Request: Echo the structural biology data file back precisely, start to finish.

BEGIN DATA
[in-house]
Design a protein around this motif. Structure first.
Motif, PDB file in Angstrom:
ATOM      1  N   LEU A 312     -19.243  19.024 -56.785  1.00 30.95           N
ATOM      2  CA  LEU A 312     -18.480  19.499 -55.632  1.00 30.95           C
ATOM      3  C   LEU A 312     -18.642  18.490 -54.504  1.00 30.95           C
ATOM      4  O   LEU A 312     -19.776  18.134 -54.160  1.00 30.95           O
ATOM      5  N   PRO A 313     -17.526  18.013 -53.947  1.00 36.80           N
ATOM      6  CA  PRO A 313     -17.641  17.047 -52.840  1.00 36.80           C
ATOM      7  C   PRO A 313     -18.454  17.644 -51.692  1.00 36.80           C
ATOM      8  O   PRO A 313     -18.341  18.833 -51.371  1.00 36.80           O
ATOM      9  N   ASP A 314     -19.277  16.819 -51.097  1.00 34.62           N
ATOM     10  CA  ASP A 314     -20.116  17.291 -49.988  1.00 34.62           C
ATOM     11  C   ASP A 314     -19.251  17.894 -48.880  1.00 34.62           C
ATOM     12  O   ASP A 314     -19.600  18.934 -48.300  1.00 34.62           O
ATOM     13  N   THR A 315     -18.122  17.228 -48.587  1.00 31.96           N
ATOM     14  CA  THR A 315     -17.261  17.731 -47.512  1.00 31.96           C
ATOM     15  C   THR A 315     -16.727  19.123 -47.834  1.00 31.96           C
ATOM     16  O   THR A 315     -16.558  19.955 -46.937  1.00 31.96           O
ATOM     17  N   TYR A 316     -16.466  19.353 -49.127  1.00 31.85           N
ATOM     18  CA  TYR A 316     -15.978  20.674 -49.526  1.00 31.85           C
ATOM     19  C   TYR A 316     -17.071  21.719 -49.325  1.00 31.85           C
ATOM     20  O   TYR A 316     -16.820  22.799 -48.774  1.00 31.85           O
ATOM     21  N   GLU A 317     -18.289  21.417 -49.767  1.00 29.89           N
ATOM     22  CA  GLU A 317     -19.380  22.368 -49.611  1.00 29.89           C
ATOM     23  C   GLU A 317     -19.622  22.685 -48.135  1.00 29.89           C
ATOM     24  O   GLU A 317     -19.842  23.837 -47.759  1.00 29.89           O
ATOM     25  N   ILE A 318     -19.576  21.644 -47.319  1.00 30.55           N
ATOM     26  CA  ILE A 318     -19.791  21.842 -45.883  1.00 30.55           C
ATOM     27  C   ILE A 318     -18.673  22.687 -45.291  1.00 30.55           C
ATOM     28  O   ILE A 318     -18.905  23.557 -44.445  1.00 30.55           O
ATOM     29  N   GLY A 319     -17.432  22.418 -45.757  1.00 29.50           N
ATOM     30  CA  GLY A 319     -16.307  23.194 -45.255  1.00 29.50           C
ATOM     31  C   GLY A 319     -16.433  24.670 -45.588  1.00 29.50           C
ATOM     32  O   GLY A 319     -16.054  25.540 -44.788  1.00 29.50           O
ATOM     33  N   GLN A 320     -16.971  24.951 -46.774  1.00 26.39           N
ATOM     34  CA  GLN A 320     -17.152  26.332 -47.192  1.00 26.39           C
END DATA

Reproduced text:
[in-house]
Design a protein around this motif. Structure first.
Motif, PDB file in Angstrom:
ATOM      1  N   LEU A 312     -19.243  19.024 -56.785  1.00 30.95           N
ATOM      2  CA  LEU A 312     -18.480  19.499 -55.632  1.00 30.95           C
ATOM      3  C   LEU A 312     -18.642  18.490 -54.504  1.00 30.95           C
ATOM      4  O   LEU A 312     -19.776  18.134 -54.160  1.00 30.95           O
ATOM      5  N   PRO A 313     -17.526  18.013 -53.947  1.00 36.80           N
ATOM      6  CA  PRO A 313     -17.641  17.047 -52.840  1.00 36.80           C
ATOM      7  C   PRO A 313     -18.454  17.644 -51.692  1.00 36.80           C
ATOM      8  O   PRO A 313     -18.341  18.833 -51.371  1.00 36.80           O
ATOM      9  N   ASP A 314     -19.277  16.819 -51.097  1.00 34.62           N
ATOM     10  CA  ASP A 314     -20.116  17.291 -49.988  1.00 34.62           C
ATOM     11  C   ASP A 314     -19.251  17.894 -48.880  1.00 34.62           C
ATOM     12  O   ASP A 314     -19.600  18.934 -48.300  1.00 34.62           O
ATOM     13  N   THR A 315     -18.122  17.228 -48.587  1.00 31.96           N
ATOM     14  CA  THR A 315     -17.261  17.731 -47.512  1.00 31.96           C
ATOM     15  C   THR A 315     -16.727  19.123 -47.834  1.00 31.96           C
ATOM     16  O   THR A 315     -16.558  19.955 -46.937  1.00 31.96           O
ATOM     17  N   TYR A 316     -16.466  19.353 -49.127  1.00 31.85           N
ATOM     18  CA  TYR A 316     -15.978  20.674 -49.526  1.00 31.85           C
ATOM     19  C   TYR A 316     -17.071  21.719 -49.325  1.00 31.85           C
ATOM     20  O   TYR A 316     -16.820  22.799 -48.774  1.00 31.85           O
ATOM     21  N   GLU A 317     -18.289  21.417 -49.767  1.00 29.89           N
ATOM     22  CA  GLU A 317     -19.380  22.368 -49.611  1.00 29.89           C
ATOM     23  C   GLU A 317     -19.622  22.685 -48.135  1.00 29.89           C
ATOM     24  O   GLU A 317     -19.842  23.837 -47.759  1.00 29.89           O
ATOM     25  N   ILE A 318     -19.576  21.644 -47.319  1.00 30.55           N
ATOM     26  CA  ILE A 318     -19.791  21.842 -45.883  1.00 30.55           C
ATOM     27  C   ILE A 318     -18.673  22.687 -45.291  1.00 30.55           C
ATOM     28  O   ILE A 318     -18.905  23.557 -44.445  1.00 30.55           O
ATOM     29  N   GLY A 319     -17.432  22.418 -45.757  1.00 29.50           N
ATOM     30  CA  GLY A 319     -16.307  23.194 -45.255  1.00 29.50           C
ATOM     31  C   GLY A 319     -16.433  24.670 -45.588  1.00 29.50           C
ATOM     32  O   GLY A 319     -16.054  25.540 -44.788  1.00 29.50           O
ATOM     33  N   GLN A 320     -16.971  24.951 -46.774  1.00 26.39           N
ATOM     34  CA  GLN A 320     -17.152  26.332 -47.192  1.00 26.39           C